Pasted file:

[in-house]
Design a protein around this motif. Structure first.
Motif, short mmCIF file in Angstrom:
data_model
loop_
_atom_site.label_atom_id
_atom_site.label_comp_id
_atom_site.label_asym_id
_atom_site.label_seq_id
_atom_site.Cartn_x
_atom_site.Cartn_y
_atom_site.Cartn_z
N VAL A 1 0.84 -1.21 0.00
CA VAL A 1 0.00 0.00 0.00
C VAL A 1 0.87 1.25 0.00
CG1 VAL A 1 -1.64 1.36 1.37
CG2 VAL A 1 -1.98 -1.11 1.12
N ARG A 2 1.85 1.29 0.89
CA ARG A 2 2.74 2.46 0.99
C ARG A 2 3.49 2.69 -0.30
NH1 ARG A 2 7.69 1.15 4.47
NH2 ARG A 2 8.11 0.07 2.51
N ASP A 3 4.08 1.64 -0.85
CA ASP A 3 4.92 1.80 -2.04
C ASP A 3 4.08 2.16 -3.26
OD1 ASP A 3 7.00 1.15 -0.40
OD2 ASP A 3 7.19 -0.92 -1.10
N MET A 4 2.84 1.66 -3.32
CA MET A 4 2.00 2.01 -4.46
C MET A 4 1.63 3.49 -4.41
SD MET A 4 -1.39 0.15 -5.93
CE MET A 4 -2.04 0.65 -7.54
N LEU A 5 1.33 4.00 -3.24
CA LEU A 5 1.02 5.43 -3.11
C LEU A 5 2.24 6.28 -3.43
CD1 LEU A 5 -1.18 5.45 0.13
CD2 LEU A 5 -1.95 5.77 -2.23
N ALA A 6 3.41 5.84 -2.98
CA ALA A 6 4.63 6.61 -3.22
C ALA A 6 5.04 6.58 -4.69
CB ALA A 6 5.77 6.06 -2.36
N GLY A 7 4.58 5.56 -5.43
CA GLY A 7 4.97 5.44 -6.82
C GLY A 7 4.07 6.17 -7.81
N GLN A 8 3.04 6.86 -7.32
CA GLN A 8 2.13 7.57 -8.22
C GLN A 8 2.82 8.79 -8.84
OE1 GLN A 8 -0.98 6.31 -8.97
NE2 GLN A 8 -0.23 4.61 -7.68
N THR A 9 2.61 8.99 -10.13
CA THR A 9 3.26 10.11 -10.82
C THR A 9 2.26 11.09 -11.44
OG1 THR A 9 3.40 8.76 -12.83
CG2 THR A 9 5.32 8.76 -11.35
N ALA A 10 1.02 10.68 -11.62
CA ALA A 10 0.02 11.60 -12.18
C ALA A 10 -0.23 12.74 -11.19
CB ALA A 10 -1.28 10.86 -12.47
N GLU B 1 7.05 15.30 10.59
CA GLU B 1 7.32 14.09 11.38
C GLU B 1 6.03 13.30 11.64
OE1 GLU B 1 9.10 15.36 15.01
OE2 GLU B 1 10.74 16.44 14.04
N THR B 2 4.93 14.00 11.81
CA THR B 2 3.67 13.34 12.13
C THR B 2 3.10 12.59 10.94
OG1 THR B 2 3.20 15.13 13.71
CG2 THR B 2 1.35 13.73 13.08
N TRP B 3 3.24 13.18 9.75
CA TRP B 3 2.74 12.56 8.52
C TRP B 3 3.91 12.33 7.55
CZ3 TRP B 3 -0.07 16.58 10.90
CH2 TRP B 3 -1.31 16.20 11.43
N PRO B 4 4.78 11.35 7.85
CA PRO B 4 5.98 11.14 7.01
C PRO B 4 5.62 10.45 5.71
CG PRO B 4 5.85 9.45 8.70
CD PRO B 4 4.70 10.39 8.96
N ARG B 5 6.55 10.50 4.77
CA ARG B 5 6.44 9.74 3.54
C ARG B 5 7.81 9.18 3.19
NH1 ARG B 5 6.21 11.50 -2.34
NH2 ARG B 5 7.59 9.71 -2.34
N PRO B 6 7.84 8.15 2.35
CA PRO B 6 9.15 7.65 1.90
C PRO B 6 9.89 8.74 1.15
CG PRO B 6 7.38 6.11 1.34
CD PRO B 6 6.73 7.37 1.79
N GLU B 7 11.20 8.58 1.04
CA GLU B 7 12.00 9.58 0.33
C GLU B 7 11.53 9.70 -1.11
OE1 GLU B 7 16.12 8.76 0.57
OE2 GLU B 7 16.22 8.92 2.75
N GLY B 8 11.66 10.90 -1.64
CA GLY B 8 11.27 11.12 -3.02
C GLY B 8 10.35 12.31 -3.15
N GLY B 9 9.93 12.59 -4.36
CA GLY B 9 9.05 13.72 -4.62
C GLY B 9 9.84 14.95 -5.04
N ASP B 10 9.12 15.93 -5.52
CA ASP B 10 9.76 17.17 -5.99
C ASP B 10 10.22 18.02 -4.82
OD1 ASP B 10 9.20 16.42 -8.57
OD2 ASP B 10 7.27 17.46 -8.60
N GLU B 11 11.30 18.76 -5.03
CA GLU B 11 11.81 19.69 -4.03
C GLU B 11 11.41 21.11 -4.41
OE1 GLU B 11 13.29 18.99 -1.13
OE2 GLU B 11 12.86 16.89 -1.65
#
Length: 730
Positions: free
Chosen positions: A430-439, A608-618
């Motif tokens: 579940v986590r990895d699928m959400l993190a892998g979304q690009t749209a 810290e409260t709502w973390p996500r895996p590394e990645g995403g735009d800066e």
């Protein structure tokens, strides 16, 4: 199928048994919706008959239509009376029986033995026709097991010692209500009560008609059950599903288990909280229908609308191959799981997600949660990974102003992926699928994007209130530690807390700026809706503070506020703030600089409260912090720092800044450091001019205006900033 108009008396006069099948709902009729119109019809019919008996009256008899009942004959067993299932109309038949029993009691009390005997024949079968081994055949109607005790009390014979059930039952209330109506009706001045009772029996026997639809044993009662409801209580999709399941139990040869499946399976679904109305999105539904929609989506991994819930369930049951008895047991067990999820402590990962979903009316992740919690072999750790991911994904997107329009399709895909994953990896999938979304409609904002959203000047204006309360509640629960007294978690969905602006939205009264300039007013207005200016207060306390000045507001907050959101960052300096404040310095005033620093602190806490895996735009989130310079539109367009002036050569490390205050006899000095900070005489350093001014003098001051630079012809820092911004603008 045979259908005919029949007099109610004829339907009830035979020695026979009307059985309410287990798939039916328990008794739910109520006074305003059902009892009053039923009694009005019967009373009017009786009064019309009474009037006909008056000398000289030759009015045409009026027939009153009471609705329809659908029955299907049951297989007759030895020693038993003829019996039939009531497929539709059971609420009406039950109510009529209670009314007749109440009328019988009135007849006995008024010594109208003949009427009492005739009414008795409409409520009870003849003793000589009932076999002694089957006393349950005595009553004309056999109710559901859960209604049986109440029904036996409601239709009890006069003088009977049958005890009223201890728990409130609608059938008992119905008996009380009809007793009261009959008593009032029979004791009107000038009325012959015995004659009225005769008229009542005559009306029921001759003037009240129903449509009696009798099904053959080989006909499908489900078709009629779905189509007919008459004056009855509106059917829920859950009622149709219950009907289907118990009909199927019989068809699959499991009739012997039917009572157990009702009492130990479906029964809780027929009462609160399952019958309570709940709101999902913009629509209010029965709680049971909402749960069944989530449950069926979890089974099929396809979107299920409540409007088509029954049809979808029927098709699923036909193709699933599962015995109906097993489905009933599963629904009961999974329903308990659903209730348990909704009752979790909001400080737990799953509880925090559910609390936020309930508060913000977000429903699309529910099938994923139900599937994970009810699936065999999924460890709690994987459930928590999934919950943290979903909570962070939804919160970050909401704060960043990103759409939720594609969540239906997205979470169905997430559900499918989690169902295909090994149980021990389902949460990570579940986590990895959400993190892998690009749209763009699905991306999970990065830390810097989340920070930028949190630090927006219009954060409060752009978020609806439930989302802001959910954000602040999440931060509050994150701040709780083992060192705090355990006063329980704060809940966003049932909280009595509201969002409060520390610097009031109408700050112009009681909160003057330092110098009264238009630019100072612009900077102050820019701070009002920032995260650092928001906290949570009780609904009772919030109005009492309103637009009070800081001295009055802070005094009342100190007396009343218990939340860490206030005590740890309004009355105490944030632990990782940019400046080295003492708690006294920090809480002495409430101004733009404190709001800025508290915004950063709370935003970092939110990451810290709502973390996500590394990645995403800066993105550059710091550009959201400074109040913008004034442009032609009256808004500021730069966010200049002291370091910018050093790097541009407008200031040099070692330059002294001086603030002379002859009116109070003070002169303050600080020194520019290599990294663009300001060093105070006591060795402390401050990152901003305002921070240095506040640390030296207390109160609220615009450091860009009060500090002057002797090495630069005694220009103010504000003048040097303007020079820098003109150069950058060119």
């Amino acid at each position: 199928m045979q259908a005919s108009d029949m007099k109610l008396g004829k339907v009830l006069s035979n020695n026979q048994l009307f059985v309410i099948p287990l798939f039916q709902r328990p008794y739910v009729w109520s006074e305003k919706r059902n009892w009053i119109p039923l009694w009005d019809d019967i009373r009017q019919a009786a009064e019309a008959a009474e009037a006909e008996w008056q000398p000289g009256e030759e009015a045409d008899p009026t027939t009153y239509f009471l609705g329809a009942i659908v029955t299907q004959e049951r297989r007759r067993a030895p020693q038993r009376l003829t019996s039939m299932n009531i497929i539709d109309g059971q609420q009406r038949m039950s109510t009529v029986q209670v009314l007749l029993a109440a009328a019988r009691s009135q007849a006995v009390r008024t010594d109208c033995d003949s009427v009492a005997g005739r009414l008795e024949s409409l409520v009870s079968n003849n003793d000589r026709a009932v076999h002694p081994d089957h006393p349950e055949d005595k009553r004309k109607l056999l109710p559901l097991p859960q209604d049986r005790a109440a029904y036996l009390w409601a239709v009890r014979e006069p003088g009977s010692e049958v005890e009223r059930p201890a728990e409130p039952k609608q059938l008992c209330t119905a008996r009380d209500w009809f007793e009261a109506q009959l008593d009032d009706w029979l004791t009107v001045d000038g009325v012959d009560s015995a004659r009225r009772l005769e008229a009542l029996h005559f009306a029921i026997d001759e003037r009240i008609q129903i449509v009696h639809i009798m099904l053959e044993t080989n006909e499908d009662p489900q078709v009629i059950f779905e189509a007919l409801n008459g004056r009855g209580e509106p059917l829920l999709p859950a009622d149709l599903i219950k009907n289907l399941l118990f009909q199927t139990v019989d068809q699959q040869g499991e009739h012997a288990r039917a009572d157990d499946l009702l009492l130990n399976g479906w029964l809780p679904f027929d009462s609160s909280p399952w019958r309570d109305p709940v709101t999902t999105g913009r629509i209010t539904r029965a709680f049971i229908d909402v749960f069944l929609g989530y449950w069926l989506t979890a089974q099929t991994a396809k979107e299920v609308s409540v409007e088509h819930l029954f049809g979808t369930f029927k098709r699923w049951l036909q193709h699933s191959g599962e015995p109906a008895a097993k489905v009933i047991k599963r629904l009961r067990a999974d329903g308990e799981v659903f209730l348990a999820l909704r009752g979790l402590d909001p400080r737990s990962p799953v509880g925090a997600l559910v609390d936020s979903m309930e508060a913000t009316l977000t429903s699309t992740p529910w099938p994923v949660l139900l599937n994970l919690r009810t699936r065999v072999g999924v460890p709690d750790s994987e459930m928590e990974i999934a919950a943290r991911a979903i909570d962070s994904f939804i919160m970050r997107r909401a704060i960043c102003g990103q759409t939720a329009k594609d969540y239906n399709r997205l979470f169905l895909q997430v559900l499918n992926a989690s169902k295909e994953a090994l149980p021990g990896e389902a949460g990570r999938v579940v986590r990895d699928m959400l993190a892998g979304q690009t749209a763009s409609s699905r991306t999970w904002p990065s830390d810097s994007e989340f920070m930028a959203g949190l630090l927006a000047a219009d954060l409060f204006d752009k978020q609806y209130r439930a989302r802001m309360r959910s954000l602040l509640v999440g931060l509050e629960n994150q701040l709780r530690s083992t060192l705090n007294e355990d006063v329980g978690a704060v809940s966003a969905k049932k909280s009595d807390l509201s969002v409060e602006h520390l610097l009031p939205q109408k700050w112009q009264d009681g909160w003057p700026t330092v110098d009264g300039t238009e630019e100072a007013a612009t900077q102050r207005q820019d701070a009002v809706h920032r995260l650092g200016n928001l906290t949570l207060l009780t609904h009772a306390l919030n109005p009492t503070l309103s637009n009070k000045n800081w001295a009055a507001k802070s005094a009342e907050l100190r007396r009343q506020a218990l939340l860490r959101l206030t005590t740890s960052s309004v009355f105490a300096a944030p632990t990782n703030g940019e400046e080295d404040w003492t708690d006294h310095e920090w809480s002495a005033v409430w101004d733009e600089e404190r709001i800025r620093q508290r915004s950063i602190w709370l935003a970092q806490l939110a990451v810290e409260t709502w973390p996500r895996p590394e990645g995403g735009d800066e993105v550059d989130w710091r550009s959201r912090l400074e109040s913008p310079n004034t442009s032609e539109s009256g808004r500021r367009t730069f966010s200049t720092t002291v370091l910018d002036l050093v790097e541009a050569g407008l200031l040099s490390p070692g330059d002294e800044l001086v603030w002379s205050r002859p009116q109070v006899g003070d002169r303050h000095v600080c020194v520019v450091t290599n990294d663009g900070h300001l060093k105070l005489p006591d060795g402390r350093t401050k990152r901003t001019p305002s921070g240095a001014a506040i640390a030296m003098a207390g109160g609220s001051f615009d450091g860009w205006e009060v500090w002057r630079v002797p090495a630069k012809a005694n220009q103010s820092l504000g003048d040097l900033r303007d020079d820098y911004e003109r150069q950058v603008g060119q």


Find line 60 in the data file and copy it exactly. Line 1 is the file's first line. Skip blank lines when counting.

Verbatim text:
CA GLU B 1 7.32 14.09 11.38